Berger says Senate won’t seek budget veto override

Eamon Queeney | The North State Journal
The North Carolina Senate Chamber of the Legislative Building in Raleigh

RALEIGH — N.C. Senate Leader Phil Berger (R-Eden) announced when the General Assembly returns for the legislative short session the Senate will not reconsider Gov. Roy Cooper’s veto of the state budget, House Bill 966.

Berger and Senate Republicans cited state government’s precarious fiscal situation due to COVID-19.

“When we come back into session next week our focus will be on providing relief for North Carolina citizens suffering because of the COVID-19 pandemic. Our state’s financial outlook is in a vastly different place than it was before this pandemic hit. Because of that, we will not be reconsidering the veto of the state budget this year,” Sen. Berger said.

The legislature returns on Tuesday to approve emergency coronavirus spending and policies, with plans to reconvene later in the spring to address regular business.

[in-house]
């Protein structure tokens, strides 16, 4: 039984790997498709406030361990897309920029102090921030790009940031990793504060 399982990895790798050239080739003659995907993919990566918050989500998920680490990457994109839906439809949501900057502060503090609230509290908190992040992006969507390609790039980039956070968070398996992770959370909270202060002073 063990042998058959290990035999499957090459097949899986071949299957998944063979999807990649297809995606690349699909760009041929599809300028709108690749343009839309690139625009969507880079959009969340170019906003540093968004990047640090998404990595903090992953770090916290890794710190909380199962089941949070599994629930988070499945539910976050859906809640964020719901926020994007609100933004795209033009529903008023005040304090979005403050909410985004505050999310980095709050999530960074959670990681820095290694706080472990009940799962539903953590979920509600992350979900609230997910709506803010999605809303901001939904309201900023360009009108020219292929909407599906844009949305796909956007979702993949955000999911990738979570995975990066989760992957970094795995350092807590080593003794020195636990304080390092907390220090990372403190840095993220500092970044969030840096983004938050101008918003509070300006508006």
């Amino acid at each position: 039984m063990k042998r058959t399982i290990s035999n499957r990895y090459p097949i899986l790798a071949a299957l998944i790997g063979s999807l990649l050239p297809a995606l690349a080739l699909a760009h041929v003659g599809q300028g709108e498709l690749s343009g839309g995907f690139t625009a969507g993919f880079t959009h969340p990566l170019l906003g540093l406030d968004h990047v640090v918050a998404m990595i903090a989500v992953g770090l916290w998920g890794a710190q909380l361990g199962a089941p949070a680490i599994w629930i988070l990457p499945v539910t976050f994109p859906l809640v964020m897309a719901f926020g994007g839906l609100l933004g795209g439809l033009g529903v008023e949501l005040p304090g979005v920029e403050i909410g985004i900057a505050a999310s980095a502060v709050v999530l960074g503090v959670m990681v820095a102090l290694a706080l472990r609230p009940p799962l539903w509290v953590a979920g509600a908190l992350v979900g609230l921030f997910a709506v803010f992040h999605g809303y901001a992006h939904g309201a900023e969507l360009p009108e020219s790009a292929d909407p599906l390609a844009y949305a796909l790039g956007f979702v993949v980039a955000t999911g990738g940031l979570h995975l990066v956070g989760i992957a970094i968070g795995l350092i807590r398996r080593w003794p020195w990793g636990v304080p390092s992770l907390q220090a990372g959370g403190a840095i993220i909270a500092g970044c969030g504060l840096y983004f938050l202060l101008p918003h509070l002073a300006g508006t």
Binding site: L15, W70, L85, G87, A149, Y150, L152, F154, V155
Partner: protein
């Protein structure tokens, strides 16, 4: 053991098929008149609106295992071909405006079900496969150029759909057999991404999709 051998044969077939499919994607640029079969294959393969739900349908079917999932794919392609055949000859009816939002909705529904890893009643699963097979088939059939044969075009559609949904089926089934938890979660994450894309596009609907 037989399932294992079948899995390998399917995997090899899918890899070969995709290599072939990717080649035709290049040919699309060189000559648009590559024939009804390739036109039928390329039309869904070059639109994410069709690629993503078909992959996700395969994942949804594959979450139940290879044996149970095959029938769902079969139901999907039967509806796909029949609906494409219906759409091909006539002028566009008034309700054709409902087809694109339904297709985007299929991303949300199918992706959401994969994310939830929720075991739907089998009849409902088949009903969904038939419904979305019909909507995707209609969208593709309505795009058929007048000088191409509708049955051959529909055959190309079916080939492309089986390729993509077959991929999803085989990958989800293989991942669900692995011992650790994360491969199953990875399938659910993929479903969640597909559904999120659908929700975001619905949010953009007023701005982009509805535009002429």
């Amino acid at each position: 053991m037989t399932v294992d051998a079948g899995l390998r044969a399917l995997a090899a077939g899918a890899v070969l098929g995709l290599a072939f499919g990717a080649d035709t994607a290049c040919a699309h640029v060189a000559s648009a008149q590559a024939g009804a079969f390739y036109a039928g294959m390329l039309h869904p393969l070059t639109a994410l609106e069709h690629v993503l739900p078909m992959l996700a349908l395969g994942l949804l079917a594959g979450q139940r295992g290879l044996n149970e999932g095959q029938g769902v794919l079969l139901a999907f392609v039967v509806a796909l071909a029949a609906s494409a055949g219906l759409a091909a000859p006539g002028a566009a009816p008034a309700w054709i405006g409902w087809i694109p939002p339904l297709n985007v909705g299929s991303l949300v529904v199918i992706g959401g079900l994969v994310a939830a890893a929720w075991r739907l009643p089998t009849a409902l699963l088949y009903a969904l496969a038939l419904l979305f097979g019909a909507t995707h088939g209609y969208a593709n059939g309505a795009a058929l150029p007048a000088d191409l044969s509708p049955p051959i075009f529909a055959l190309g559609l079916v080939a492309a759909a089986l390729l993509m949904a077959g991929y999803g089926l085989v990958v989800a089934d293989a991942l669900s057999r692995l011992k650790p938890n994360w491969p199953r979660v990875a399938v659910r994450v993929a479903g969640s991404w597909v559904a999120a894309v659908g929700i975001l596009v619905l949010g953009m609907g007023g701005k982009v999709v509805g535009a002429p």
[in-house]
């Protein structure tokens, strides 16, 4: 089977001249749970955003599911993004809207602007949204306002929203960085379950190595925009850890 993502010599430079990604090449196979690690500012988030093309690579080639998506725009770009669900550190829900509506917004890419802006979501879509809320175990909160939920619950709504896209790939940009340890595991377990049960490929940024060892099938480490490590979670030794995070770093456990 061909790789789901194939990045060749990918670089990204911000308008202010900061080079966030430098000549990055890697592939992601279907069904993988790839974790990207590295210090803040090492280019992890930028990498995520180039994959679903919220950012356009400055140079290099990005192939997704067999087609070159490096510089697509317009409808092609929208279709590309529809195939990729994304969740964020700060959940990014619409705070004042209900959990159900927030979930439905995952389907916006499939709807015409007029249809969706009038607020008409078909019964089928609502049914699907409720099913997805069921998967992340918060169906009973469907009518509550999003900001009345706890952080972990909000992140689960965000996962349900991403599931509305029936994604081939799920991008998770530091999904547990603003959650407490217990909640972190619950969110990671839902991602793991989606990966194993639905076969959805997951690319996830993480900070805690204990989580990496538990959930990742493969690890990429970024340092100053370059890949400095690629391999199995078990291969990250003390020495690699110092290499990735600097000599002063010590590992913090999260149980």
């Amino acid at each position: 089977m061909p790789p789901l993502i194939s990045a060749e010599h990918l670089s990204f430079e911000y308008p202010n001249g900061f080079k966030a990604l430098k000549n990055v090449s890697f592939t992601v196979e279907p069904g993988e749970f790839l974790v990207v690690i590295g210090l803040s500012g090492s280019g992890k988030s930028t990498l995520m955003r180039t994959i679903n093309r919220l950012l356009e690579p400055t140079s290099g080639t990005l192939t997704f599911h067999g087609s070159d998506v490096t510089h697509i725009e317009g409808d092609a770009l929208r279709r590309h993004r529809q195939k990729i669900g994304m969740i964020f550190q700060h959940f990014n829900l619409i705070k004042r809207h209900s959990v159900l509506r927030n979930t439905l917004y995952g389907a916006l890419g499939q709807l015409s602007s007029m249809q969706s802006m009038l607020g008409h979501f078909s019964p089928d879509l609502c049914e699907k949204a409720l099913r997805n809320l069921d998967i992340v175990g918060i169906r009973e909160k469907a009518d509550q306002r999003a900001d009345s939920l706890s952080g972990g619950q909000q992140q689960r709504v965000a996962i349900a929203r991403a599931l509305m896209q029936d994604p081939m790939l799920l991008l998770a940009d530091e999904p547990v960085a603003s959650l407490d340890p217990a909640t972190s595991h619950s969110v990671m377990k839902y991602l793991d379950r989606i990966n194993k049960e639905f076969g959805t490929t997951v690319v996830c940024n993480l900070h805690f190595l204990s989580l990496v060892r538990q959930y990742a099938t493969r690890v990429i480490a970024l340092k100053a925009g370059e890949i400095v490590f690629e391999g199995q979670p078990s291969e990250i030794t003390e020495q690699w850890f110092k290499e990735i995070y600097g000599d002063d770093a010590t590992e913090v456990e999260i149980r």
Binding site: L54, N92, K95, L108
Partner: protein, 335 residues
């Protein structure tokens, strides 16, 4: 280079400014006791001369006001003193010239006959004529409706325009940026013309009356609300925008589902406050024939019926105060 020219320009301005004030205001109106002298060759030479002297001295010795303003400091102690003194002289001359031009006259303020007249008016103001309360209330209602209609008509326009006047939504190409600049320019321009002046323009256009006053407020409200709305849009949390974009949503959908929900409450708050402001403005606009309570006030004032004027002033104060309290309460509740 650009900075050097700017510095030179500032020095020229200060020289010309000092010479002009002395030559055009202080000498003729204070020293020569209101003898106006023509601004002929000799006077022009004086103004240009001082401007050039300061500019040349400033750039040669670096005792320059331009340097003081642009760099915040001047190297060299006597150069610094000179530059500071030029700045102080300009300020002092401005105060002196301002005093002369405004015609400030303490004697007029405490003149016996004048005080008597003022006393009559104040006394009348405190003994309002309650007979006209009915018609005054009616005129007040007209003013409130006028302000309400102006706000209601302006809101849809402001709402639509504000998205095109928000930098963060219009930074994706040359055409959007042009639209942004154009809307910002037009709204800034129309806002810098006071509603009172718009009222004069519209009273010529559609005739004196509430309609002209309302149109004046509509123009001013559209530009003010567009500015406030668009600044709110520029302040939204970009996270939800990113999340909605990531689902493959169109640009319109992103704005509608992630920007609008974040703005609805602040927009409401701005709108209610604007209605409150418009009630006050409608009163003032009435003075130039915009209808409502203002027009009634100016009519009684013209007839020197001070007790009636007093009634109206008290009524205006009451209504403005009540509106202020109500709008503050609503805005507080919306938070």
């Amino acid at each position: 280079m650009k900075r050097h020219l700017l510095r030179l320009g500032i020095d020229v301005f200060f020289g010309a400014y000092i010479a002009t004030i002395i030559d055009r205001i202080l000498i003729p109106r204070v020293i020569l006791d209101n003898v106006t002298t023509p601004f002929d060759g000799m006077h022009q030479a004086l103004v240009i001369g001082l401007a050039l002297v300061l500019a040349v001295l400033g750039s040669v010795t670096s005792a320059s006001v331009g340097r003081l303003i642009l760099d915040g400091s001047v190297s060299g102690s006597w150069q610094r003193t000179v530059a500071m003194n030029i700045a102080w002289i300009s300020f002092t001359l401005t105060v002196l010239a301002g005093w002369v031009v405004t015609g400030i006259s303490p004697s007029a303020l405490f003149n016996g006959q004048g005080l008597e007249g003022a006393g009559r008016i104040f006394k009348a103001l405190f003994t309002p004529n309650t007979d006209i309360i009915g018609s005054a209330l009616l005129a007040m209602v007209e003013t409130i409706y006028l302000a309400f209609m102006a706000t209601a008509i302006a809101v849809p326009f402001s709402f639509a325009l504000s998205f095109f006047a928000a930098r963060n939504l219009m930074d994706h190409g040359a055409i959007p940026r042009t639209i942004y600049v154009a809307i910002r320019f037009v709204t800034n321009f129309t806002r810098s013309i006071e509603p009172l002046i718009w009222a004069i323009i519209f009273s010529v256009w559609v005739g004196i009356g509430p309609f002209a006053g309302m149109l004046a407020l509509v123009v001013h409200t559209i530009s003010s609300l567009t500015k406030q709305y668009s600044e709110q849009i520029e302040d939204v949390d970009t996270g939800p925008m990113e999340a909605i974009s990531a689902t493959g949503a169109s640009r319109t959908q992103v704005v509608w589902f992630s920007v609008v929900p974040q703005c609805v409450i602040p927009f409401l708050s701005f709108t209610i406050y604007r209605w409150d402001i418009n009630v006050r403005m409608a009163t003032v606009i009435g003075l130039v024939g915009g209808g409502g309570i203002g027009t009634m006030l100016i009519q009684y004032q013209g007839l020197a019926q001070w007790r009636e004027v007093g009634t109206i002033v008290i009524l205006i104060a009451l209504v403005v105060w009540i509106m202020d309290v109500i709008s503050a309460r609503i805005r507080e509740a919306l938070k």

Additionally, Senate budget writers sent a letter to Gov. Cooper asking him to instruct all executive branch agencies to voluntarily find a 1% savings in their budgets. That 1% would provide $250 million in cushion for the state to spend in the next fiscal year.

While the House succeeded at an override last September, the Senate failed as recently as January to bring over the one or maybe two Democrats they needed. At that time, North Carolina coffers were flush and prospects for another surplus likely. Berger said then that the override could still happen in 2020.

The General Assembly’s chief staff economist told Senate budget-writers a few weeks ago that the state could see overall revenue fall as much as $2.5 billion below previous collection forecasts for the two-year budget otherwise ending in June 2021.

“While the state has built substantial reserves, we do not presently know how severe the economic downturn will be or how long it will last,” GOP Sens. Harry Brown, Kathy Harrington and Brent Jackson wrote. “In other words, we know we’re falling off a cliff, but we don’t know when we’ll hit the ground below.”

State government is now operating at 2018-19 spending levels with some increases passed last fall.

The Associated Press contributed to this report.